After fasting on the seventh day, women adorn the Gaura Devi’s figure with vermilion, glass beads known as pote, gunyu, cholo, fariya, a thread called Dubdhago, etc. After adorning and worshipping the figure they close the fasting but only after a donation is made to a Brahmin. On this day, it is believed that a fasting woman must wear a Dubdhago around her neck. Dudhago is made up of five colors namely red, yellow, black, green, and white.
Just like men, wearing the Janai, women wear dubdhago around their necks. The act of wearing Dubdhago by women is also one of the main objectives of the Gaura festival and women change it on this festival just like men change Janai on the Janai Purnima day.
On the day of Ashtami, it is a custom for women to celebrate the Gaura festival by singing Gaura’s song in the house. In the evening of the same day, one fasting woman with the idol of Gaura Devi, on her head and another woman with the idol of Shiva Shankar on her head sing and dance. This day is also called Athebali in the local language of west Nepal.
After that, all the women observing fast line up in a circle, sing and dance Deuda songs in the local folk tunes. All the fasting women sing and dance with the idol on their heads while some of them just touch it with their heads so as to fulfill the ritual.
In this way, after the completion of the dancing and singing ritual along with the idol, as the final step of the celebration of Gaura Pujan, the fruits, flowers, etc. are placed on a big cloth and thrown towards the sky five times and in all four directions. The process of making offerings in this way is called Fal Fatkaune.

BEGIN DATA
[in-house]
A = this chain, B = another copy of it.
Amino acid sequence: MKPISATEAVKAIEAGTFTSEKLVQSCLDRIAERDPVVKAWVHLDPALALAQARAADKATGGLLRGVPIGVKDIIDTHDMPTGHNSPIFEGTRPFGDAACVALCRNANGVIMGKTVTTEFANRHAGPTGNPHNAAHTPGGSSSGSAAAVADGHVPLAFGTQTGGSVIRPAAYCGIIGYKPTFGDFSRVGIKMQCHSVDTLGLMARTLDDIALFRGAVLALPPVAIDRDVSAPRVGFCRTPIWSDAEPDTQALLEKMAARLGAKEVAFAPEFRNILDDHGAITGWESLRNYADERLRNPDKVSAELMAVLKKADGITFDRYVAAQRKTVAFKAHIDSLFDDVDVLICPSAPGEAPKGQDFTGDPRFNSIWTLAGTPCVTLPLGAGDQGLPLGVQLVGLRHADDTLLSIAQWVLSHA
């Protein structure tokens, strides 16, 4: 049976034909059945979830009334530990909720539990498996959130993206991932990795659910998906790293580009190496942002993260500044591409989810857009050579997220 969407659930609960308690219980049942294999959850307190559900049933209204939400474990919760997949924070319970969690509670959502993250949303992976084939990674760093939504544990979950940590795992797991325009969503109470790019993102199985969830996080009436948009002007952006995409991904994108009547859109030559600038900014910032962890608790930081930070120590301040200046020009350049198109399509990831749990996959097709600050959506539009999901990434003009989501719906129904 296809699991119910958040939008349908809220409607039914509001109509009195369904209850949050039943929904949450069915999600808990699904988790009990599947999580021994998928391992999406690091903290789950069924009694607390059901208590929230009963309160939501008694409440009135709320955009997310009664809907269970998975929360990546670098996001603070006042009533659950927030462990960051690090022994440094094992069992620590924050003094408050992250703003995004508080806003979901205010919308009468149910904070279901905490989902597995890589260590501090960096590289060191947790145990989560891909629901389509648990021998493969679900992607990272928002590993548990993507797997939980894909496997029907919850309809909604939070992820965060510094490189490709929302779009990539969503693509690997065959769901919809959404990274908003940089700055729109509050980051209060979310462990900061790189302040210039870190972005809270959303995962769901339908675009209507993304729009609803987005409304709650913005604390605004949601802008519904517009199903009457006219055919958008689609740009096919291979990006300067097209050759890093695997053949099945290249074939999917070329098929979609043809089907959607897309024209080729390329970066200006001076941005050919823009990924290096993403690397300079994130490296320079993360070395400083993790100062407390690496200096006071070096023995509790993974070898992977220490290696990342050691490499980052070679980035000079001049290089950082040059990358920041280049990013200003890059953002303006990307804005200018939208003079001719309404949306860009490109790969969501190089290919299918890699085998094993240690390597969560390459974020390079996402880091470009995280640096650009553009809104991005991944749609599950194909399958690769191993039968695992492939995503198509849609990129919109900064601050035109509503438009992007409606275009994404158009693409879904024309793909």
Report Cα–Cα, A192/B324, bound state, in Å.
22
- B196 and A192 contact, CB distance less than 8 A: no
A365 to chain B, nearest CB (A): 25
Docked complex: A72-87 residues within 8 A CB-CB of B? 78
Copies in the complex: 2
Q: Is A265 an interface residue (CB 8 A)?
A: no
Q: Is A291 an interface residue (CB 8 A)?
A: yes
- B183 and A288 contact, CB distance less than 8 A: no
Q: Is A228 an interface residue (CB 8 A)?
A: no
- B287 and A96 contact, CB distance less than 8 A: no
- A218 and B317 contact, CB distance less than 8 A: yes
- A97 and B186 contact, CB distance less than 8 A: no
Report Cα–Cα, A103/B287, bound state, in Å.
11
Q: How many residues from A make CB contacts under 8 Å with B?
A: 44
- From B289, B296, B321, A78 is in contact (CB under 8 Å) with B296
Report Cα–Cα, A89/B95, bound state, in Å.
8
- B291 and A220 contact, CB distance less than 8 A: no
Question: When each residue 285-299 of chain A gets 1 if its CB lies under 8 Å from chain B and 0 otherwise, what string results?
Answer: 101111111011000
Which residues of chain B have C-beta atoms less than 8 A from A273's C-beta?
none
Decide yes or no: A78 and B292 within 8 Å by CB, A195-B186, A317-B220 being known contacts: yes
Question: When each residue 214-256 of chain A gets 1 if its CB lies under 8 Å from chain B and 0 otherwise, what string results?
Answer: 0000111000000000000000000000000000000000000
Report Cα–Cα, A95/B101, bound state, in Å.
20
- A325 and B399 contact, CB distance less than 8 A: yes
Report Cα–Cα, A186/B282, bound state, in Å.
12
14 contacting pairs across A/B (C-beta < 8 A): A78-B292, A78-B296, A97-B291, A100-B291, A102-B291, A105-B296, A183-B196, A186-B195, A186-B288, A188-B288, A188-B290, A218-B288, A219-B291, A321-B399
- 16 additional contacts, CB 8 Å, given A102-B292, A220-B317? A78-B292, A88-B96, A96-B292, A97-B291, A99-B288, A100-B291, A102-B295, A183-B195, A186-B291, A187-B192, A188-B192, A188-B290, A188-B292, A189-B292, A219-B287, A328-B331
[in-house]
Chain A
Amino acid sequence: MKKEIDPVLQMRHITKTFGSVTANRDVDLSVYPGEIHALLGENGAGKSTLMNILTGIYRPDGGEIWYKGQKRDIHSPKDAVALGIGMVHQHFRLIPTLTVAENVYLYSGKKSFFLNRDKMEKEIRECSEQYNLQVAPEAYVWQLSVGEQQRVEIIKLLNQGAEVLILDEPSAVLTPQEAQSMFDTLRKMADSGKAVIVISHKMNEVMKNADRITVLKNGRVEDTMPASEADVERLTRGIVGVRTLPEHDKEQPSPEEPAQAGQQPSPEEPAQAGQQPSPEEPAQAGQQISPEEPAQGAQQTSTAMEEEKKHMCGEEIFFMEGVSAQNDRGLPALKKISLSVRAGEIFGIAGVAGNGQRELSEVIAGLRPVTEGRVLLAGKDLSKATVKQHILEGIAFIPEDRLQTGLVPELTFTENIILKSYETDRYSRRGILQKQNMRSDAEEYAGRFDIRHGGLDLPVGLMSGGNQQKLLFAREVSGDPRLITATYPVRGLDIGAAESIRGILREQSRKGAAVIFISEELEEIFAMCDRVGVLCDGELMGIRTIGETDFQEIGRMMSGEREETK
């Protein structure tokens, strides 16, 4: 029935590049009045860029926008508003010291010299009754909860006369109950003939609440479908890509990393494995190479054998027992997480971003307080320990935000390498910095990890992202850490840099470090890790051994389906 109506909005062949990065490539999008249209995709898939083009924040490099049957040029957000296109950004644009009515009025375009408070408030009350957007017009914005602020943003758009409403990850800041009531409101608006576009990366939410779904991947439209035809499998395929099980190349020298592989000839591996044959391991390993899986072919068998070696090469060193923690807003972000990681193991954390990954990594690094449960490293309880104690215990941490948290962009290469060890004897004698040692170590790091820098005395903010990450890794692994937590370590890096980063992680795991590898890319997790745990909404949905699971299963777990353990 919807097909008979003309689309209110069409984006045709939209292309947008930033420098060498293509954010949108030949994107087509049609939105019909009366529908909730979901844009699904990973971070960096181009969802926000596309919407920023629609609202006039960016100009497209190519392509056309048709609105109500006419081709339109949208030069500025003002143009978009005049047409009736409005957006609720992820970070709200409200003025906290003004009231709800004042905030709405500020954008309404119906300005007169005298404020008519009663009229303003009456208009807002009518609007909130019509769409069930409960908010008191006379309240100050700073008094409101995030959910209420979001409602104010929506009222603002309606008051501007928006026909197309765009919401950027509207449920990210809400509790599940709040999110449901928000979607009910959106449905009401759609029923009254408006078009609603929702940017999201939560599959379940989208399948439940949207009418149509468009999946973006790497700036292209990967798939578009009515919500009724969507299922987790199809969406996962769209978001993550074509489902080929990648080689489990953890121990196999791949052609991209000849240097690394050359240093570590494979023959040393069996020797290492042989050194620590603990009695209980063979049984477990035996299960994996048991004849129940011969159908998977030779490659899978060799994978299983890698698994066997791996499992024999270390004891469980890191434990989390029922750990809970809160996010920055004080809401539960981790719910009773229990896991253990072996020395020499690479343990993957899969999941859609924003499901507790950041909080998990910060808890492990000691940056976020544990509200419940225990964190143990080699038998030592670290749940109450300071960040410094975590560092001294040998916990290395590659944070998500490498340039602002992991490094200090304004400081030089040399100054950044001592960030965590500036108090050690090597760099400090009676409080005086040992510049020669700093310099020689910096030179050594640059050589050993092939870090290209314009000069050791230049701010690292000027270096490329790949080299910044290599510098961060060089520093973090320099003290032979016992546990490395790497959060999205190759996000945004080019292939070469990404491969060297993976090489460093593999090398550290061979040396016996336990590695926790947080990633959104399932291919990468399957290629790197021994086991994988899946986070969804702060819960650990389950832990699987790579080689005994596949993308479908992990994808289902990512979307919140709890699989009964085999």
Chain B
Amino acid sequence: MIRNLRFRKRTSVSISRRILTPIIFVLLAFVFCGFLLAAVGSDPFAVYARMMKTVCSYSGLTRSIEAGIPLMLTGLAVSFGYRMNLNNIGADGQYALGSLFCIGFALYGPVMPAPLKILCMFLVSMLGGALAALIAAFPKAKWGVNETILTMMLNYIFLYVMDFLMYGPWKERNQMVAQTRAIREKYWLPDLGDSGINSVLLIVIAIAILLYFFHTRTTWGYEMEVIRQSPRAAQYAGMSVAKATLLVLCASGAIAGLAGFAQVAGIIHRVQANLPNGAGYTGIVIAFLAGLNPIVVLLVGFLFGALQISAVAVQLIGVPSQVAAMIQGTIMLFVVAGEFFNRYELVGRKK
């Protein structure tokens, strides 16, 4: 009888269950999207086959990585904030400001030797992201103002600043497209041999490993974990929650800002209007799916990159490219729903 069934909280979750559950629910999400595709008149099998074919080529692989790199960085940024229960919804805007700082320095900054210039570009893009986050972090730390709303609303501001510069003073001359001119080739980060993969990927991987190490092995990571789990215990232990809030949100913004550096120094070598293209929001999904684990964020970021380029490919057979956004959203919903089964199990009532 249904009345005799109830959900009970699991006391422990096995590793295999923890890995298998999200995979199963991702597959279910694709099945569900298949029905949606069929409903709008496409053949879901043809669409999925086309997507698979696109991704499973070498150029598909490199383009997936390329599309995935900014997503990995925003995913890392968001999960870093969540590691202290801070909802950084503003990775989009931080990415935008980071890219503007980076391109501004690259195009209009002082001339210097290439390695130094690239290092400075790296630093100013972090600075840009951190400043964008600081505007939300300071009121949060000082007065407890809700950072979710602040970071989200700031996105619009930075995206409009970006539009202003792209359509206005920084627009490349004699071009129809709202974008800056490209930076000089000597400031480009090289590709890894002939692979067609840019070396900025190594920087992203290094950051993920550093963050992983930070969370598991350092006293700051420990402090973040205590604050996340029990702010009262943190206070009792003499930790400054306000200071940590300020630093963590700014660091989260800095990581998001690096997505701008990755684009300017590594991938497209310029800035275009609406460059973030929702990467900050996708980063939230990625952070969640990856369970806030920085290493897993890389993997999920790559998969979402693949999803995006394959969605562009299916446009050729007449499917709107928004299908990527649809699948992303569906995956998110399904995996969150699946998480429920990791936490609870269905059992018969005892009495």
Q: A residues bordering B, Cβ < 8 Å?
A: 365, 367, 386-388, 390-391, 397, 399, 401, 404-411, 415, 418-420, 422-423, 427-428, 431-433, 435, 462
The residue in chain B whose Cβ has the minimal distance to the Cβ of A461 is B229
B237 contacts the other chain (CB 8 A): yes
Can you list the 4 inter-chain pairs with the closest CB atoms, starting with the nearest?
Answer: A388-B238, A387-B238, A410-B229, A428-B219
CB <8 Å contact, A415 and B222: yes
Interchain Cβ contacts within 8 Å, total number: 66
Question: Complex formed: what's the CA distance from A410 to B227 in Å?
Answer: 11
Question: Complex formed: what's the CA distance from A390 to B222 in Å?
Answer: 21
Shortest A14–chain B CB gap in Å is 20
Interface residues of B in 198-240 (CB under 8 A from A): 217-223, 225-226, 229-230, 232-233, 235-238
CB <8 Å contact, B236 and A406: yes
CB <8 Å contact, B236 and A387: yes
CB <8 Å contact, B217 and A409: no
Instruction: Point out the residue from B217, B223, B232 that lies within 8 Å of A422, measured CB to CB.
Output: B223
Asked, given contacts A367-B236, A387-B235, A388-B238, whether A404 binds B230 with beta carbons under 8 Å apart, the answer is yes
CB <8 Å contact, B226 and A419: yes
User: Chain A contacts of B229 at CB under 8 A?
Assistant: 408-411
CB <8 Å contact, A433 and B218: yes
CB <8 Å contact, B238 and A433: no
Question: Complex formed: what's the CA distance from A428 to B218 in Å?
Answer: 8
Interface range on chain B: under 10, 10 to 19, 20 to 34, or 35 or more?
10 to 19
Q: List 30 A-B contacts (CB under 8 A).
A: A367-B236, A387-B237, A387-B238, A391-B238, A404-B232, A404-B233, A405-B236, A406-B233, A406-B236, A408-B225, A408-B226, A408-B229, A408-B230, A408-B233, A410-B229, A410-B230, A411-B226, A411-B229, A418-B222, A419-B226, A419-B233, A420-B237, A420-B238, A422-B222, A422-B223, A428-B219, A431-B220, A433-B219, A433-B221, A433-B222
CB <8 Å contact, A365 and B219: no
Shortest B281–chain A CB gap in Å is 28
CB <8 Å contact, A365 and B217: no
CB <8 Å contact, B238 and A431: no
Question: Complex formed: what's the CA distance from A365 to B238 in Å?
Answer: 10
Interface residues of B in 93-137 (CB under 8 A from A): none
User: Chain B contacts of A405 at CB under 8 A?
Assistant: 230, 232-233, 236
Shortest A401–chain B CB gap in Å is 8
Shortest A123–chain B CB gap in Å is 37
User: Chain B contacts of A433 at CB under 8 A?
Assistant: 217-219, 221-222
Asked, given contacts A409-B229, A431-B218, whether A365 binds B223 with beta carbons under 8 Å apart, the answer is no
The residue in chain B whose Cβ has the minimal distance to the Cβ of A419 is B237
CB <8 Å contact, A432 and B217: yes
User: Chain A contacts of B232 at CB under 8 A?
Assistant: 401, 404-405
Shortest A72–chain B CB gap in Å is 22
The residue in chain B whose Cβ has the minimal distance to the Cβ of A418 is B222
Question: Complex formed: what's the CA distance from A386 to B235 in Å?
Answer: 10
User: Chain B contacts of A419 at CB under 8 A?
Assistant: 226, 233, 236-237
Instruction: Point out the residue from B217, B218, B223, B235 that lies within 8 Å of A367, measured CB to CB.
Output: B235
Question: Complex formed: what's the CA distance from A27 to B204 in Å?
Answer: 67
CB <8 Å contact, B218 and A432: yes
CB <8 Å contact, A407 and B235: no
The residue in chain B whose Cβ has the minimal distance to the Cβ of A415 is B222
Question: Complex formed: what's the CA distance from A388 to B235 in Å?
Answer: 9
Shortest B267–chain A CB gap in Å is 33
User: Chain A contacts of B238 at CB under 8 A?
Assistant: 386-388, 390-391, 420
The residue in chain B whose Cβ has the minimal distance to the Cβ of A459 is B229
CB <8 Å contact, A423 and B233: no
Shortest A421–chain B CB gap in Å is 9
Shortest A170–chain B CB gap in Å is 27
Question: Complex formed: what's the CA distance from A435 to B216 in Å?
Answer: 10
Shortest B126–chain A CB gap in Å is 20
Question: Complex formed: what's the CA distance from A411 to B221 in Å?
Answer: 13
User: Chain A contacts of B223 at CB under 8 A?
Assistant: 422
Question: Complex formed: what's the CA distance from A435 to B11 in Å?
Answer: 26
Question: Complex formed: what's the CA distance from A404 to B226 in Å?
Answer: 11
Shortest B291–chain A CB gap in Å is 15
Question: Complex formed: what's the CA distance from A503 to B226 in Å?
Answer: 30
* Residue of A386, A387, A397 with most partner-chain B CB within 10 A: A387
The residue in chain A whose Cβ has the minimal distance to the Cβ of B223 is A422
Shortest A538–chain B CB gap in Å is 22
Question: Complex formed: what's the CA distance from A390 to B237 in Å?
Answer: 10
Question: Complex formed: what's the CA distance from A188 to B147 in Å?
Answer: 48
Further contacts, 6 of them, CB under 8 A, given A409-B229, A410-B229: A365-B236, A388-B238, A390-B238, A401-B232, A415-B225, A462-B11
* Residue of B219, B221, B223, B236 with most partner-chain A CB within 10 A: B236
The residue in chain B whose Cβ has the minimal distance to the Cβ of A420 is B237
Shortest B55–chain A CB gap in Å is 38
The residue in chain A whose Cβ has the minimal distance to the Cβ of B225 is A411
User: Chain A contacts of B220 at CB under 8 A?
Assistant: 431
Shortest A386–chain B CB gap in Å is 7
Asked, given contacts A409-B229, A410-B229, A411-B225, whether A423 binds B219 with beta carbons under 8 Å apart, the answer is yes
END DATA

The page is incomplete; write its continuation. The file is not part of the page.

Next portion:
During the Fal Fatkaune ceremony, all the women spread out their veils, handkerchiefs, etc. in the hope of receiving fruits or prasad. If good fruit is obtained during the process of fal-fatkaune, it is believed that it will be auspicious throughout the year, therefore everyone hopes to get it.
It is an old belief that if the new bride or woman without a child gets a good fruit in her hand, her child’s wishes as well as other wishes will be fulfilled. In this way, the Gaura festival is celebrated from Baruda Panchami to Ashtami tithi and Gaura immersion is done on the next day or on different days according to the auspiciousness.
After the completion of the ritual of the Gaura festival, the date of its visarjan/immersion is fixed for three to five days. During the immersion, the male plays musical instruments and the woman sings the Gaura-Maheshwar song known as Fag. Then the gaura figure is taken to a waterbody or pipal tree for its immersion.
On the occasion of the Gaura festival, women wish for their husband’s longevity, good health, and lasting relationships. Deuda is also sung on the occasion of this festival. The fag or songs sung on the occasion of this festival are based on stories like the mythological deities, Mahabharata, Ramayana, Krishna Leela, etc. In this way, these fags are not only entertaining but also reminiscent of history.
Gaura festival is celebrated in the western part of Nepal and also in areas such as Uttaranchal and Uttar Pradesh of India in the same name. In South India, on the other hand, this festival is celebrated in the name of the Ganapati festival with various religious worship and spiritual programs. Since the Gaura festival and Deuda culture are the identities of not only the far west but also the whole nation of Nepal, it is the duty of every citizen and region of the country to promote it. On the occasion of the Gaura festival, Nepali Patro sends its best wishes to all our readers and users. To Read this article in the Nepali Language please click here.